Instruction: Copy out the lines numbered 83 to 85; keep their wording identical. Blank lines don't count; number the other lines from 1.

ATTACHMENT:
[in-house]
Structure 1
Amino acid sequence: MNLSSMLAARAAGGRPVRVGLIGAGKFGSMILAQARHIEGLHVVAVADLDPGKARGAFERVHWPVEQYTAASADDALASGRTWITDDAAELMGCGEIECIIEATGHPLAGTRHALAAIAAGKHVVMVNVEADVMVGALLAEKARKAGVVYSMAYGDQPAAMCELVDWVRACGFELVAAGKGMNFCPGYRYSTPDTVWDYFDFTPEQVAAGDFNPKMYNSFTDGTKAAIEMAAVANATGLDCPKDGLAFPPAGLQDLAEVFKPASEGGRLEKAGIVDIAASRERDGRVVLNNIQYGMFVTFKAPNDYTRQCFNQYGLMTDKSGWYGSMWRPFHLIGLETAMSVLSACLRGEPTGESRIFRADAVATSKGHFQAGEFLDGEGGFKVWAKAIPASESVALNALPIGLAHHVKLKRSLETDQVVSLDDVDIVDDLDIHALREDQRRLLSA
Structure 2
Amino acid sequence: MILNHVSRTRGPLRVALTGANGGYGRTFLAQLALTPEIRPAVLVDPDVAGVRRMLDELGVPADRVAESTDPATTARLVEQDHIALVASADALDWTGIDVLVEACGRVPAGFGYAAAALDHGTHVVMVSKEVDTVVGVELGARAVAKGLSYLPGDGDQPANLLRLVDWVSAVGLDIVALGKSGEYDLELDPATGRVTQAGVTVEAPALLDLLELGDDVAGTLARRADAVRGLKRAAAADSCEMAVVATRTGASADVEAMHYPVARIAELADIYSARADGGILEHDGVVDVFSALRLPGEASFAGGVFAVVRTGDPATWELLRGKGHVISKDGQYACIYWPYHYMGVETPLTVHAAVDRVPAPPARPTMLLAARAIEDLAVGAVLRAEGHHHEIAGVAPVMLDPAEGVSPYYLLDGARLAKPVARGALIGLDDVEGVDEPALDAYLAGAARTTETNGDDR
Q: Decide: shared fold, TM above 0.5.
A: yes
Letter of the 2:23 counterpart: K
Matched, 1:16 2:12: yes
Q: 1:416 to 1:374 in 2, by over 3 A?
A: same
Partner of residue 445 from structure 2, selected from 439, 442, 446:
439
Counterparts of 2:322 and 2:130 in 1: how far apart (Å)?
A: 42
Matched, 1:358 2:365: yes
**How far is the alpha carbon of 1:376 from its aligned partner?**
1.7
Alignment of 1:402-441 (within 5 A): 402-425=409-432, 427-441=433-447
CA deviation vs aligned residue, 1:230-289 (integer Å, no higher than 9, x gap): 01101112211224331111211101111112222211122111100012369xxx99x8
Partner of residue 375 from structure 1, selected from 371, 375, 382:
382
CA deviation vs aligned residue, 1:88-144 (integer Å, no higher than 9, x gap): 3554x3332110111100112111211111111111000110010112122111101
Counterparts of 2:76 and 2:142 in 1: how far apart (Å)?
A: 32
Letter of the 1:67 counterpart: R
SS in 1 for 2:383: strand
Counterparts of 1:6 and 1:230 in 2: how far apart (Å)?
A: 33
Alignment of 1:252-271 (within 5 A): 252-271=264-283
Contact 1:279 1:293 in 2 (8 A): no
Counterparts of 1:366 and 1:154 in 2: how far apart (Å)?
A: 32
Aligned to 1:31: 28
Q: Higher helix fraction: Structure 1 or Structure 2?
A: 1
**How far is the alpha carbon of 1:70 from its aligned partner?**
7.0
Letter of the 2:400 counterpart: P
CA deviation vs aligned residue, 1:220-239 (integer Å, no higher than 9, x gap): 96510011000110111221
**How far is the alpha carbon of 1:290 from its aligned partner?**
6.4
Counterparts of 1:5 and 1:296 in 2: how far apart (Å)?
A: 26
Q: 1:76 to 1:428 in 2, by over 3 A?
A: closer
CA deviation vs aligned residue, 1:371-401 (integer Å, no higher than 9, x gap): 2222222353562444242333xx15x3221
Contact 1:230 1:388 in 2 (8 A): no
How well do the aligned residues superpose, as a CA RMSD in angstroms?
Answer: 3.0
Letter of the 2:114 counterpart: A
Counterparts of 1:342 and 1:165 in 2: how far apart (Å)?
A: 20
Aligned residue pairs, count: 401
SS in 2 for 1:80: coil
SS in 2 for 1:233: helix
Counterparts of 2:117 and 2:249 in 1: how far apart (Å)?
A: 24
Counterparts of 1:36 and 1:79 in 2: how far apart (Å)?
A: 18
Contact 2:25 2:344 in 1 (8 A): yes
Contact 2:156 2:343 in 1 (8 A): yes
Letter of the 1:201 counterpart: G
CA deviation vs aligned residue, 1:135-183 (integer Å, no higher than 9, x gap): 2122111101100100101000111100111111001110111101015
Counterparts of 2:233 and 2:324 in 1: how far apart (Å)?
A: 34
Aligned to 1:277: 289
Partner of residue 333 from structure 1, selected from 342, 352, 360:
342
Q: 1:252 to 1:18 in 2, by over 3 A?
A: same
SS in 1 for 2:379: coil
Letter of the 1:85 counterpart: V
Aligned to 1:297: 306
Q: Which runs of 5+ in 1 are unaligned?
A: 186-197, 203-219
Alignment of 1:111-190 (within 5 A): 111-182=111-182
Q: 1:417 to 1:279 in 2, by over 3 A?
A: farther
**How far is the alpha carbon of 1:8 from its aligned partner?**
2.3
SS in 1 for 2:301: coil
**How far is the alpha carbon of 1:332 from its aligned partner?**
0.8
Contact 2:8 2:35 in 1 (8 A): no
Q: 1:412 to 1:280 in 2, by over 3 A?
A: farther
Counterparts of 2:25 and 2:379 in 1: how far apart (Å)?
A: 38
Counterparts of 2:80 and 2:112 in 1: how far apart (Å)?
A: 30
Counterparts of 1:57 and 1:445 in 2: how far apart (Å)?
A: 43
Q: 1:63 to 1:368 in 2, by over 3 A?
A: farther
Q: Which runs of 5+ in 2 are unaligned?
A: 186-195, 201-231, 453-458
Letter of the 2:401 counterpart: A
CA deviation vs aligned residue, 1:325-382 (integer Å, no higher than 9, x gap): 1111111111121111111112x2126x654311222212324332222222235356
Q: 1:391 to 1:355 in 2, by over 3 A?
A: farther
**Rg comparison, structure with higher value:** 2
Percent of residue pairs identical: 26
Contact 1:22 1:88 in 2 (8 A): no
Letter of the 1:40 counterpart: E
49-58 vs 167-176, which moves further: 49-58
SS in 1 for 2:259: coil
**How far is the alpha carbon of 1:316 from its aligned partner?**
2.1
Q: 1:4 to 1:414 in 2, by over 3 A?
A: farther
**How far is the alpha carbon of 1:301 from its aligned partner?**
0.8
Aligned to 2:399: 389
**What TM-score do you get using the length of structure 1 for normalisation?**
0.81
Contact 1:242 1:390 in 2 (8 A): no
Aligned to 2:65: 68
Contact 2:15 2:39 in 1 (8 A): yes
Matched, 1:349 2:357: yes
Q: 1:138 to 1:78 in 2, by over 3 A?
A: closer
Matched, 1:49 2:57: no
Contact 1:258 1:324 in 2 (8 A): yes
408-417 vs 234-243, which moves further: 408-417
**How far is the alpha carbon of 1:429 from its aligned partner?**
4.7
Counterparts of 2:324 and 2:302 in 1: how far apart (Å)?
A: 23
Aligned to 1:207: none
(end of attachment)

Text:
**How far is the alpha carbon of 1:332 from its aligned partner?**
0.8
Contact 2:8 2:35 in 1 (8 A): no